Table 5. Tobacco cessation strategies used in the general population.

Click here to display table

Table 5. Tobacco cessation strategies used in the general population.
GroupMain strategyTreatment effect
AdultsCounseling plus pharmacotherapy
(NRT/buproprion/varenicline)
OR 1.82 (95% CI: 1.66–2.00) vs. usual care [33]
OR 1.4 (95% CI: 1.20–1.60) vs. pharmacotherapy alone [126]
OR 1.7 (95% CI: 1.30–2.10) vs. counseling alone [126]
AdolescentsCounseling OR 2.9 (95% CI: 1.47–4.35) vs. usual care [129]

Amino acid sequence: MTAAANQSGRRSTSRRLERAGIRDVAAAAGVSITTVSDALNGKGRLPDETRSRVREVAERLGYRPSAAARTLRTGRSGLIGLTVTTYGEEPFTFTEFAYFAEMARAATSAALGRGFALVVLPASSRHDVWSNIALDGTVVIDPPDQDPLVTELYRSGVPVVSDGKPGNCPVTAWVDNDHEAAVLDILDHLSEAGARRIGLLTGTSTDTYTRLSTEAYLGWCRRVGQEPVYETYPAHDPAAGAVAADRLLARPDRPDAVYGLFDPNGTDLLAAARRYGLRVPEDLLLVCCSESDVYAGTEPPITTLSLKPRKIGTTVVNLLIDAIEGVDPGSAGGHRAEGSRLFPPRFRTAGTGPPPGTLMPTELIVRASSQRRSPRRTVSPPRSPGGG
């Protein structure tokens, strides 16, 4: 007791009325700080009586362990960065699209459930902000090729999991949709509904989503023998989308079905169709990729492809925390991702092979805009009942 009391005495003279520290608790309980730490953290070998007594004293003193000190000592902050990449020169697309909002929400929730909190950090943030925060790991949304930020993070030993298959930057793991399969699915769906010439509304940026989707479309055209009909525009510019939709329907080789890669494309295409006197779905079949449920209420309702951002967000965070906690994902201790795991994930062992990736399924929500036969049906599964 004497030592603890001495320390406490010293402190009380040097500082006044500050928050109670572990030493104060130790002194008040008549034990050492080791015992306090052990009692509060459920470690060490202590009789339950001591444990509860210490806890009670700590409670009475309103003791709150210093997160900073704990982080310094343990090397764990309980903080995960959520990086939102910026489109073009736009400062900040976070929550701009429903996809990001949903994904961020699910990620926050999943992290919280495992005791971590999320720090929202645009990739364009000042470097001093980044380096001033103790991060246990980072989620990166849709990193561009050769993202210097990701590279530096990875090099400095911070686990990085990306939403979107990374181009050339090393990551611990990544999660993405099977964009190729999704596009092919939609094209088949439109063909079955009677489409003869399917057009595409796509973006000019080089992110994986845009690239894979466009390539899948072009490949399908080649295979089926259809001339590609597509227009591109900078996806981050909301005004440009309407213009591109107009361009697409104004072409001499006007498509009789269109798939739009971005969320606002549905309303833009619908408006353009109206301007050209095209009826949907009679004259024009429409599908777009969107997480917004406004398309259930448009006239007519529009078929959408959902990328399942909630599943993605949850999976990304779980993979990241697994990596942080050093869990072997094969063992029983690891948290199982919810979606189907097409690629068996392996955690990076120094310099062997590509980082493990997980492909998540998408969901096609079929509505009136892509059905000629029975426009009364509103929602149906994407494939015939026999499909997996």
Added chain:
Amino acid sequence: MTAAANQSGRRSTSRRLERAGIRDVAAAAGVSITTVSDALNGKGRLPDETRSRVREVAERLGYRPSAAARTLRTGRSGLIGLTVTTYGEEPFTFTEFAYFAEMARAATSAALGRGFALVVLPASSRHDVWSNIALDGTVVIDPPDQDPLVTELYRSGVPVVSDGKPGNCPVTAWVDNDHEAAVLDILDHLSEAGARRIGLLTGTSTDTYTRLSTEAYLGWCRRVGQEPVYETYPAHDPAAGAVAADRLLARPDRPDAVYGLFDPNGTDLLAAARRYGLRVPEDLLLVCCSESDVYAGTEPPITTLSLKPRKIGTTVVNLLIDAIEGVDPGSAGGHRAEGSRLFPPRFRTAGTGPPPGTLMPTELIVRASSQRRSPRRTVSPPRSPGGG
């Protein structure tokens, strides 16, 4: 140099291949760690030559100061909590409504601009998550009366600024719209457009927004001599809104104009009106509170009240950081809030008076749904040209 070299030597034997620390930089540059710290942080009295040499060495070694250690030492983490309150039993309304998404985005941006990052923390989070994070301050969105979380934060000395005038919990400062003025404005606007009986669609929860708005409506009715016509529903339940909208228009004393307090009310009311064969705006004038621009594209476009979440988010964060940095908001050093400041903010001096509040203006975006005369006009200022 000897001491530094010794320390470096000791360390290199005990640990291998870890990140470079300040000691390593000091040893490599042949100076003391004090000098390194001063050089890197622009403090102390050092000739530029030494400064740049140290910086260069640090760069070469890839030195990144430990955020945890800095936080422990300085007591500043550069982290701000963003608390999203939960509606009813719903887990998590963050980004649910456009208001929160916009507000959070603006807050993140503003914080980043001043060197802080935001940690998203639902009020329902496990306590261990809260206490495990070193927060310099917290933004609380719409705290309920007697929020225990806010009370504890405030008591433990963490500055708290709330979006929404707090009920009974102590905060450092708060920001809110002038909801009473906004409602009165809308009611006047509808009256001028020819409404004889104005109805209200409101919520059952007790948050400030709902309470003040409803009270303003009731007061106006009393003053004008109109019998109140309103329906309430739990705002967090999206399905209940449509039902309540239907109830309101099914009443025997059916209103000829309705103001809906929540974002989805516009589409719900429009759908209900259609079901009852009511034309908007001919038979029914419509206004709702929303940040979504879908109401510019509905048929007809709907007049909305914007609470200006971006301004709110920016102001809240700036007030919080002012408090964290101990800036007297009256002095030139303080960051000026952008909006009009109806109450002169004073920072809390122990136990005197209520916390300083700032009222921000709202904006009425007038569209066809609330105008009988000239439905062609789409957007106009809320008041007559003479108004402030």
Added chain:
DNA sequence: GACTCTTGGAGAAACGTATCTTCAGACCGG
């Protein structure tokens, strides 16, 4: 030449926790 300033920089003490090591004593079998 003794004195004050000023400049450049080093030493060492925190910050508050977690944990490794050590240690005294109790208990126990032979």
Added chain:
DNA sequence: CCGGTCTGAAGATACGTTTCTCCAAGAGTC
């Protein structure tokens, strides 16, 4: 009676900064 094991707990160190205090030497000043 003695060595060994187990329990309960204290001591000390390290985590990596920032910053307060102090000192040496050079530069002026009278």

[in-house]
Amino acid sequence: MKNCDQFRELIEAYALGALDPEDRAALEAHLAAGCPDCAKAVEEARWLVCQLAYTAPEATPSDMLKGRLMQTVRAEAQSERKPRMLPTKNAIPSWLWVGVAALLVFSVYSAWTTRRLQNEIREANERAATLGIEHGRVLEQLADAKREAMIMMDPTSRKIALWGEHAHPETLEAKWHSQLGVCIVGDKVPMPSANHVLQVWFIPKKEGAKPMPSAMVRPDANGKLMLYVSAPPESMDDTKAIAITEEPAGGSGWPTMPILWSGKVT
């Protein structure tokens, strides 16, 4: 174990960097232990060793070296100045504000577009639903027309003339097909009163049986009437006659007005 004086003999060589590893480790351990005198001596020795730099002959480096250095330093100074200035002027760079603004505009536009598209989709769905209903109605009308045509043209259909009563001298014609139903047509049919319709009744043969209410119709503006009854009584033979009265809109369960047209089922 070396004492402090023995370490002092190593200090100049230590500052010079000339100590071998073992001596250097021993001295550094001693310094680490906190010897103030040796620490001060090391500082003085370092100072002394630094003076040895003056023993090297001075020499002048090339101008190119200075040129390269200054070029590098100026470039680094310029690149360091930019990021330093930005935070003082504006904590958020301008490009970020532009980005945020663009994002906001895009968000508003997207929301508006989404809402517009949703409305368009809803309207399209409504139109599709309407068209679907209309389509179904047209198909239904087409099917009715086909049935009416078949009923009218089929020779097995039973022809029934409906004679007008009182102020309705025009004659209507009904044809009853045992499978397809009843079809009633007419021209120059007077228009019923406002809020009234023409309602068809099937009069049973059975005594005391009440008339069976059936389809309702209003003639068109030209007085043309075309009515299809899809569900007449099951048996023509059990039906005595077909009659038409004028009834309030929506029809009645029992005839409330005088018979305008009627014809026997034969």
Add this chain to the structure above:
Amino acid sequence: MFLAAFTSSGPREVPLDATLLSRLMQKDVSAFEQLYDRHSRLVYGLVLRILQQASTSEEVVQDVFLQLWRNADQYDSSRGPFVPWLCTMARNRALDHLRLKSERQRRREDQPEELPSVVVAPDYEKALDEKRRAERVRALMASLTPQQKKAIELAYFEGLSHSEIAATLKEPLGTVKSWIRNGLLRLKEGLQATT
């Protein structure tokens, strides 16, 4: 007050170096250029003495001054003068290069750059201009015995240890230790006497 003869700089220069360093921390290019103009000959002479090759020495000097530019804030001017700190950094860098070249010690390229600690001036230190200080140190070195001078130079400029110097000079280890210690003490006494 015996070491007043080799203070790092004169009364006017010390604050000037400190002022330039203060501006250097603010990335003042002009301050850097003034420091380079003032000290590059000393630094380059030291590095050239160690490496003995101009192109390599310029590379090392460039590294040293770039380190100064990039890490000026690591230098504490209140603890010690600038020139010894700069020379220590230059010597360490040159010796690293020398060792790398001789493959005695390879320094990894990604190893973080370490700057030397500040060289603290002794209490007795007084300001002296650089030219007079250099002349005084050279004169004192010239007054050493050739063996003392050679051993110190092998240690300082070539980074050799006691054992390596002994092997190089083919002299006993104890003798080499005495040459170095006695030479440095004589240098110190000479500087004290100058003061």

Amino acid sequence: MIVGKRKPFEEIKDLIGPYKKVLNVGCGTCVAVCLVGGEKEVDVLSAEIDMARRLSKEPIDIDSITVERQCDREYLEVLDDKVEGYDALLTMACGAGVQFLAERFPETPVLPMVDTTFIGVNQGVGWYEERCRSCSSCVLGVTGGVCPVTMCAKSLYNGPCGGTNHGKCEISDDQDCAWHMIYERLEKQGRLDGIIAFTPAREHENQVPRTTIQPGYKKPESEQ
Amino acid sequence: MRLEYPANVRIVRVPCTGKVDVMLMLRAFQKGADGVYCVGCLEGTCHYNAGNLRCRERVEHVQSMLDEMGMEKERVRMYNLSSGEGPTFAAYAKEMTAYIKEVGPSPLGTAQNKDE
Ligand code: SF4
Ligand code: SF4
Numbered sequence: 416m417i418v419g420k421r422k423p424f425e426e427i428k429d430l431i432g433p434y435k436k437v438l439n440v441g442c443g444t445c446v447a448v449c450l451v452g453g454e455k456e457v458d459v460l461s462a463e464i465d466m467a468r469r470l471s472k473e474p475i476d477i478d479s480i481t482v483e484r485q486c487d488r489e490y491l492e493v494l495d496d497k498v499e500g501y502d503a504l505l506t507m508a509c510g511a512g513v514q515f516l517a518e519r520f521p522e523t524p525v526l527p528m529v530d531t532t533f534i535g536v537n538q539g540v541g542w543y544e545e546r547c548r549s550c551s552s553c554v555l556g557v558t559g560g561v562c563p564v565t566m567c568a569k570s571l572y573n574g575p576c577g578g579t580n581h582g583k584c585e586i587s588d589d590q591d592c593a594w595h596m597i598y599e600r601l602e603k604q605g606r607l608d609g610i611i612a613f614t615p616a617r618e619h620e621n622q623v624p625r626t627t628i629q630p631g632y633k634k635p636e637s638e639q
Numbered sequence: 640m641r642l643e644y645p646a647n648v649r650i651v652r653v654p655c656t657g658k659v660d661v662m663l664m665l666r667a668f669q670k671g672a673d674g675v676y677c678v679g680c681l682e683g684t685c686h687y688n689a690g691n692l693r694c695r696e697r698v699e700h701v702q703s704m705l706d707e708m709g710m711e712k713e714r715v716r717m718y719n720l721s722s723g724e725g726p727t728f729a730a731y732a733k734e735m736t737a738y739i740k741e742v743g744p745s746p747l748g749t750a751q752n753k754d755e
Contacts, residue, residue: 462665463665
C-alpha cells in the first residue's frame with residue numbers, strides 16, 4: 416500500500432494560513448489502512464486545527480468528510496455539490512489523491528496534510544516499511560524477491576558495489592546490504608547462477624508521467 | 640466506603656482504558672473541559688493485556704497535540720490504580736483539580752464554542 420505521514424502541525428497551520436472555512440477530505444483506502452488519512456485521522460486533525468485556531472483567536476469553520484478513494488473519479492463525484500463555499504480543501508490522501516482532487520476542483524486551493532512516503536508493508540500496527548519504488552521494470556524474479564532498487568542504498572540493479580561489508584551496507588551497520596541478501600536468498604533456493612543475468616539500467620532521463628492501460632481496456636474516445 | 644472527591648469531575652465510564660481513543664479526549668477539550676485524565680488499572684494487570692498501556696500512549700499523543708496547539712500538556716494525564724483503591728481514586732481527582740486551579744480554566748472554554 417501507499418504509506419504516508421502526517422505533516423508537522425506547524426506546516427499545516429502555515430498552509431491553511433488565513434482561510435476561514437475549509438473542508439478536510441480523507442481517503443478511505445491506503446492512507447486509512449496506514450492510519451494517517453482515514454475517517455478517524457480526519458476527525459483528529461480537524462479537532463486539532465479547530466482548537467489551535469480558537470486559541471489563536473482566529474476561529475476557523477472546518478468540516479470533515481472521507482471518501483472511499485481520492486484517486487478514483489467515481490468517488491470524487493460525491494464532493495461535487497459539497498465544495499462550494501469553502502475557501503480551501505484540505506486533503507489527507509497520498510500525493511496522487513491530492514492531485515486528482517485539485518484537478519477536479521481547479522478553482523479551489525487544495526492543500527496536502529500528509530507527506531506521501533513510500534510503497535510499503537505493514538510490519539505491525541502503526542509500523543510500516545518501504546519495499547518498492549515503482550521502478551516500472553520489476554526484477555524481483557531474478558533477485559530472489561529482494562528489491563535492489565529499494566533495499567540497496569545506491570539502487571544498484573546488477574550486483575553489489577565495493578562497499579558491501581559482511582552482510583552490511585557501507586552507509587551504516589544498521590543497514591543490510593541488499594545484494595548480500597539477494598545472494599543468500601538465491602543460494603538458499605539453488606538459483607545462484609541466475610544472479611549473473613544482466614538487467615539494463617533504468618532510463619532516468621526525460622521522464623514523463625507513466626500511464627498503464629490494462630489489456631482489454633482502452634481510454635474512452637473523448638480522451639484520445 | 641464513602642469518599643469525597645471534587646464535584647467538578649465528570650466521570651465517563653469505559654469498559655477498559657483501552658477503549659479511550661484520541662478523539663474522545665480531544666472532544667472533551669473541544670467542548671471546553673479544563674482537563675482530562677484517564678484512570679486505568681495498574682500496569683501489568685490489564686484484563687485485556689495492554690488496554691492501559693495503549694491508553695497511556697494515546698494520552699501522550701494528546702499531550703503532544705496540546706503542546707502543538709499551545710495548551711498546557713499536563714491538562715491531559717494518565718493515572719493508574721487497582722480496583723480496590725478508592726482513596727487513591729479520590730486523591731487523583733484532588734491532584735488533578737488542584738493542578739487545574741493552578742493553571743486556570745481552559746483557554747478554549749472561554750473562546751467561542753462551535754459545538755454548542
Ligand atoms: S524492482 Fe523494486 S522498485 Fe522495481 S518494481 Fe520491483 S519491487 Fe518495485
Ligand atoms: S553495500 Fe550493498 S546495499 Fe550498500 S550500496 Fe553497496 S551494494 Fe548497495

Pregnant womenCounseling alone or counseling plus NRTCounseling alone: RR 0.95 (0.93–0.97) vs. usual care [158]
NRT + Counseling: RR 1.33 (95% CI: 0.93–1.91) vs. usual care [158]

NRT—nicotine replacement therapy; OR—odds ratio; RR—risk ratio; CI—confidence interval.

8.2. Addressing the Problem